* Historic Explorers: Norgay

* Underworld Beings:Cthulhu; Balrog (VERY cool!)

* “Underworlds and Underworld locales”: Tartarus

* Underworld Travellers: Heracles.



CHARON: ( aka “ComicCon Moon” from now on… )

* Fictional Explorers and Travellers (the most fun theme, they might just have well have called it “Fave sci-fi characters”!): Kirk, Spock, Skywalker, Leia. Solo, Vader, Dorothy (Wizard of Oz)

* Fictional Origins and Destinations (aka “Fave place on a sci fi story!): Vulcan (that’s a huge surprise, isn’t it? Not.), Shire, Mordor, Tatooine, Hoth, Galifrey (YES!!!! YES!!!!!!!!!!!!! GALLIFREY FALLS NO MORE!!!!!), Krypton.

* Fictional Vessels (aka coolest spaceships from sci fi!): Serenity (oh… sniff…!!!), TARDIS (get IN there!!!), Nostromo (come on… you know this one… the butt-ugly mining ship from Alien? There you go…), (strangely, no “Enterprise” here… odd)

* Exploration Authors, Directors and Artists: D Adams (as in Douglas “Hitch-hikers Guide” Adams), Clarke (as in Arthur C).



* River Gods: Hapi (named after the Pharell Williams song… ok, no, not really…)


* Deities of The Night: Incubus, Succubus (ok, junior school teachers, try explaining those in class…)


* Dogs from History, Literature and Mythology: Laika (long, LONG overdue!!!!!), Toto (Dorothy’s dog, thus ensuring 99% of visitors to Kerberos in the future will say “I don’t think we’re on Earth any more, Toto…” to their mate after stepping off the shuttle, convinced they’re the first person ever to think of it…)


* Legendary Serpents and Dragons: Smaug (again, long overdue, and some enterprising colonists or settlers will surely arrange some rocks into Smaug’s shape in the future)

…and many, many more to come!

Seriously, well done New Horizons team for choosing those names, and for showing yet again just how in touch they are with the general public following the missionĀ  “out here” . Some dusty fuddy-duddies might moan that the names of some features, especially those on Charon, are too geeky and sci fi, but (loud raspberry noise) to them, those are all good, honourable names, the names of people, places and vessels which have inspired and excited generations of people to follow space exploration or follow careers in it. To know that there are craters called Kirk and Spock on Pluto is quite moving, and I am obviously thrilled to bits that The Doctor’s home planet and spaceship have been honoured, too.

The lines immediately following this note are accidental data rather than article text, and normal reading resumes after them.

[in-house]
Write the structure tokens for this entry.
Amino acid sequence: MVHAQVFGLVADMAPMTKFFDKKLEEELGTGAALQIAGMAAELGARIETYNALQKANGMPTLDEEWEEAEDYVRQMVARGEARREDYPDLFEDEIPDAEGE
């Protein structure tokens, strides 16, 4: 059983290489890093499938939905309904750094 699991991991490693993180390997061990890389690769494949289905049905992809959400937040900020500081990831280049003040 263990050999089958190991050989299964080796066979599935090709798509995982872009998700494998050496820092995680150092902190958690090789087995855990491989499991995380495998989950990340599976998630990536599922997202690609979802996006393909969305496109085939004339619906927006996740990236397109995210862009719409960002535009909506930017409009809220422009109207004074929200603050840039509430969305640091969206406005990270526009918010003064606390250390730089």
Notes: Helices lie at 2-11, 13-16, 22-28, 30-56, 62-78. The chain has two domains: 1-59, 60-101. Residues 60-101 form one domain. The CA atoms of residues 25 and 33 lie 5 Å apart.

And as for naming a feature on Charon after Laika… thank you, just thank you.

Some of you reading this are probably thinking “What’s the point? No-one will go there for decades, if not centuries!” Well, for one thing, naming the features on Pluto and its moons is just a practical thing for the New Horizons team to do – they can’t just go on talking about “that crater up there, near the bigger one, just below the valley…” forever. they need to be able to talk about local landmarks and features and have everyone know which one they’re referring to right away. And also, naming things on a map, if it’s of a coastline, a continent, a moon or a whole planet – makes it more real to us as human beings, and helps us get our bearings. If that wasn’t the case, why would we bother naming the spiral arms of our own galaxy, or even naming star clusters, nebulae and galaxies in the depths of space? It’s just what we do, and will always do. One day astronauts standing on Mars will christen the largest rocks and boulders scattered around their landing site, just as astronomers will one day name the continents, mountain ranges and islands of planets and moons orbiting distant stars, to make them, just as the first people to set foot on those exotic worlds will give names to the new constellations glittering above their settlements after their alien sun has set.

Time to update a certain picture, I think…!

collage pluto mao

Look what science, dreams and determination did, working together…:-)

NOTE: the maps used in this blog post originally appeared in this feature on Buzzfeed